On the Building Strike

Back in January last the London Master Builders’ Association, together with certain building firms outside the Association, placed before their “hands” a form with the following words inscribed thereon:

“I agree if employed by you, to peacefully work with my fellow employees (engaged either in your direct employment or in that of any sub-contractor) whether they are members of a Trade Society or not, and I agree that I will not quit your employment because any of my fellow employees is or is not a member of any Trade Society ; and I also agree that if I commit any breech of this agreement I shall be subject to a fine of Twenty Shillings, and I also agree that the amount of such fine may be deducted from any wages that may be due to me.”

The reason the masters issued this form was, on their own showing, that great disturbance ia caused to their business by the “down tools” policy of their men to make non-unionists join the respective unions of their callings.

Now, as the masters say in the document: “to work peaceably with my fellow employees,” evidently peace is what the masters want—in order to get on with the business. And peace they will probably get, for that gaunt spectre, Starvation, is at work for them in the ranks of the struggling toilers.

The average trade-unionist thinks it is pos­sible to get almost every worker into a trade union either by coercion or by peaceful means. This idea is totally wrong. When the basis of the capitalist mode of production is understood this becomes apparent. The means and instru­ments of wealth production and distribution are owned by the capitalist or master class, and it necessarily follows that production is to be in their interest. Hence an army of unemployed workers is an advantage to them as exercising a powerful influence in keeping wages down. It follows that those who have a hard time of it will in many cases leave the trade unions and take any job that offers, whether it is under the T.U. standard or not.

The class-conscious worker sees no enemy in the non-unionist, but sees the capitalist whip of hunger which sets worker against worker.

The trade-unionist and the non-unionist are alike in this—they support capitalism by send­ing the master class into power time and time again. It is as plain as a pikestaff that the trade-unionist will presently be agitating for the amalgamation of trade unions, in order to try by “solidarity” to improve their conditions. For, sad to say, it seems so easy to try every method but the right one.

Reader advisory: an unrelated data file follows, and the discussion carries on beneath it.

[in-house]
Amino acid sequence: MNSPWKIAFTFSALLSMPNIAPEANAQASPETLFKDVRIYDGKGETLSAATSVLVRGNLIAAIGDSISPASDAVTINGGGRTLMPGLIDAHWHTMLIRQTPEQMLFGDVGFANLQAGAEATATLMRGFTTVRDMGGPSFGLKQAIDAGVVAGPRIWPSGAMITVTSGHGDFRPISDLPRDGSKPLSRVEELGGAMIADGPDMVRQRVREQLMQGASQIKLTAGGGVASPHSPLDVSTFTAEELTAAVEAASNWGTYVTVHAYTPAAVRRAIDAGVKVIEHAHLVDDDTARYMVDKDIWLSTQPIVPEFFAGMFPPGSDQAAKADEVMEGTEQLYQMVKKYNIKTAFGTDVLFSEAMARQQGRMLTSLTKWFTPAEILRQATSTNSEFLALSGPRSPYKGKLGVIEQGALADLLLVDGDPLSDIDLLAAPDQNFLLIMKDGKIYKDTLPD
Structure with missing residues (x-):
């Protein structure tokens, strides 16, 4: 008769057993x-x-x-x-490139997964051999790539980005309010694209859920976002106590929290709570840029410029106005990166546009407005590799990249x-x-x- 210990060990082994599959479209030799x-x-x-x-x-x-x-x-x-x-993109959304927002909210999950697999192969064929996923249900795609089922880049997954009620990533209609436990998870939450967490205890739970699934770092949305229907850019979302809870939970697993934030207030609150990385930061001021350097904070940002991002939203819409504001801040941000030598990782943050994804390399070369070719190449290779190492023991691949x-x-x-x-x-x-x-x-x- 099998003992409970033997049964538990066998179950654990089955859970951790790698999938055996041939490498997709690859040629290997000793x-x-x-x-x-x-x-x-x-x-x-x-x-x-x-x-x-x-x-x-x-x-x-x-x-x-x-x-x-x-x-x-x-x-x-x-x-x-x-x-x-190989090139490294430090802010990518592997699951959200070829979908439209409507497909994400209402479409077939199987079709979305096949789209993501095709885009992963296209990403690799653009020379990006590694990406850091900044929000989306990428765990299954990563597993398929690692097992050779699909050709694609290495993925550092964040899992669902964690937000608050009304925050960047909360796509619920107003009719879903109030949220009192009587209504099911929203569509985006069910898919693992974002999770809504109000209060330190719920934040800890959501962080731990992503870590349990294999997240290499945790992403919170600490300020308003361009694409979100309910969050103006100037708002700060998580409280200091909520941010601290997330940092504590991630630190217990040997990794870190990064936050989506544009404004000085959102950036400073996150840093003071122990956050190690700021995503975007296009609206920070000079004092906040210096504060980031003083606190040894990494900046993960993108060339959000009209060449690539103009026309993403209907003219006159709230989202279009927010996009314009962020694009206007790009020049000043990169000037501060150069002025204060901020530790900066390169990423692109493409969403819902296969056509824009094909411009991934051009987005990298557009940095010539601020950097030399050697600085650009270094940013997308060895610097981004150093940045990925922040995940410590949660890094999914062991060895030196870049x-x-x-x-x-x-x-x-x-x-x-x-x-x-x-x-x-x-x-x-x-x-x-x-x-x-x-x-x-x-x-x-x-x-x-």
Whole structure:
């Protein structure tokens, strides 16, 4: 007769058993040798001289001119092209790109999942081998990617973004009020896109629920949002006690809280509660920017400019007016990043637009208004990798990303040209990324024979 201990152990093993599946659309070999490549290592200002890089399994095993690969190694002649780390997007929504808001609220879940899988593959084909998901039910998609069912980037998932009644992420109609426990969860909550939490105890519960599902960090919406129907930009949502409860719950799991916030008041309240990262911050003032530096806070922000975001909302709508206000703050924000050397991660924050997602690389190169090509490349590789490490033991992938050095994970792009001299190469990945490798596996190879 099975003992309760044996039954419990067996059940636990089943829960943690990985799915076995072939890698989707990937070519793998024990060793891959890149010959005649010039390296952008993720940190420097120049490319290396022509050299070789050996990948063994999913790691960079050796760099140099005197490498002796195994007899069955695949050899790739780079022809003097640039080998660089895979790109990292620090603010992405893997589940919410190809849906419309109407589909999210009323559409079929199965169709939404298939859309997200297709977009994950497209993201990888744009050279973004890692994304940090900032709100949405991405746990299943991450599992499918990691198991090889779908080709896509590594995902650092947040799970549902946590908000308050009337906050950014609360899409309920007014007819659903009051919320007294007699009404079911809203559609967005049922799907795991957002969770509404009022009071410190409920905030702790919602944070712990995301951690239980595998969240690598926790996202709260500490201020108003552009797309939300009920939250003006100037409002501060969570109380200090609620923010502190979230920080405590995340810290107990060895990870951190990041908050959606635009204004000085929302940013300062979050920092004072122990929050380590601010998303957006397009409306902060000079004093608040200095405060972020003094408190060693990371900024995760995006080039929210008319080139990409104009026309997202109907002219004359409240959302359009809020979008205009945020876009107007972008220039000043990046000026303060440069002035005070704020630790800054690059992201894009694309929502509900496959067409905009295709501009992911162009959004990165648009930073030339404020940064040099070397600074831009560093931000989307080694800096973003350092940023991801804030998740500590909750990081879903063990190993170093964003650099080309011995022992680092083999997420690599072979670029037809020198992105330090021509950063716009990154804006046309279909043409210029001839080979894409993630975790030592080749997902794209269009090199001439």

The great fault is that the toilers as a class see no other system than the wages system, and for that reason they play into the hands of the masters in their every action. After every strike they go back (if allowed) chastened, even if not beaten, and commence again with sullen energy to produce wealth for their masters, and in return got a bare subsistence.

It is a mad condition of social life.

The life of the working man, oven when he in regularly euployed, is a rotten one, and his poverty is only intensified when he “downs tools.” “You must not quit work,” say the masters, “because of men not holding a ticket,” but you must quit when the masters have no further use for you, and then come the penalties of unemployment—sickness, starvation, worry. There is a far worse document than this one of t!he Master Builders’ Association which the workers have signed, and have signed willingly. That is the document at the polling booth—a document that gives the masters political power to keep going this hellish system of society, that spells poverty to the workers, and untold wealth to those who employ the slaves of industry.

“A fair day’s work for a fair day’s pay” says the ticket workman. There cannot be any such thing as a fair day’s work until throughout society all able-bodied human beings perform their portion of the work of society. Then, and then only, will society see how it pays to have all work, and therefore all enjoy the social pro­duct of mankind’s energy used in a sane man­ner. Until that time comes—the day of the awakening of the working class— there will be a large number of officials to bleed the ticket men. These officials will endeavour to make it appear that the unions have won victories ; they will cry “organise ! Organise !” and will call the non-unionists scabs and blacklegs ; and all the time they will support this rotten social system, which produces scabs, blacklegs, and hirelings who will preach anything that will give them some advantage over the average wage slave.

So, then, you of the building trades who are suffering from the lockout, realise now that the masters are still masters and you are wage-slaves. With all the tickets you have handled, there still remains to be taken up, the ticket of the class-conscious worker—the ticket of the man who has discovered that the working class will not achieve their emancipation until the capitalist class are wiped out.

Good nature will not do it ; the clapping of hands will not accomplish it. The worshipping of heroes will not bring better times. You must think for yourselves.

It must be the workers as a class who must gain working-class emancipation, by their world­wide collective energy, intelligently used to capture Political power, to make it law that the means of wealth production and distribution shall belong to the people.

S. W.

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